Attika will never reach the strategic depths of more elaborate world-building games, but thanks to its good speed and thus limited downtime, it is a light yet well-balanced strategy game with easily enough variation to be addictive. The fact that the game works equally well in 2, 3 and 4 players without major changes to the game characteristics is a great add-on. The game made it to the List of Recommendations at the Spiel des Jahres in 2004, a well-deserved recognition in our view.
PS | A word about costs and resources
(You can safely skip this if you don’t want too much detail, it is not essential for a first impression.)
Putting tiles onto the player board is obviously free, costs only occur when you build onto the game board. Every tile has a basic cost (between one and four resources), in various combination between water, clay, stone and wood.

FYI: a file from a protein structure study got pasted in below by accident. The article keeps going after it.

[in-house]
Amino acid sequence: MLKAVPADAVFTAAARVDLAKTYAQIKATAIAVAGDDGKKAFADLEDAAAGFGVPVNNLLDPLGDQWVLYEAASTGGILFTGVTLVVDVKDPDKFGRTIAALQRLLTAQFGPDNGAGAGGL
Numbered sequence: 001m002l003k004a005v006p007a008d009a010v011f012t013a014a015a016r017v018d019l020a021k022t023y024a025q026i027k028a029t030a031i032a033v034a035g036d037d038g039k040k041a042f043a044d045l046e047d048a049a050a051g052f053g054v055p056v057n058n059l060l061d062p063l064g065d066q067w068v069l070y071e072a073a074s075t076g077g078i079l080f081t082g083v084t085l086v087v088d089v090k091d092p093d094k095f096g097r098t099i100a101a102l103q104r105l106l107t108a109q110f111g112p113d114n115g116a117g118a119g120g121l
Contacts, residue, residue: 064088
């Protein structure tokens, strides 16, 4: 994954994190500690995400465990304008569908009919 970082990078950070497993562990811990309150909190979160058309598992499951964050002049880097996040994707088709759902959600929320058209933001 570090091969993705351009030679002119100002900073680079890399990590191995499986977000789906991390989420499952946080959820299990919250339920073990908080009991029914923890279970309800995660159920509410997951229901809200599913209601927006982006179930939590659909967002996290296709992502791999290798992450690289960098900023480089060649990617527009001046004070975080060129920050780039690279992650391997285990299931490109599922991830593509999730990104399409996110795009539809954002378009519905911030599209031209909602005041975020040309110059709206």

There are some resources printed onto the different game board pieces, which can be used to pay (fully or partly) for building tiles on this spot as well as adjacent slots. In addition, there are resource cards for the four different types which you can pick up during the game for not performing your full turn potential (e.g. building just one tile from your board instead of three allows you to draw two resource cards).
Furthermore, the game has a mechanism to prompt you to build in a connected manner. Each time you build a tile that is not connected to your previous settlements, there is an extra cost in resources equal to the amount of settlements (unconnected groupings of buildings) you already have.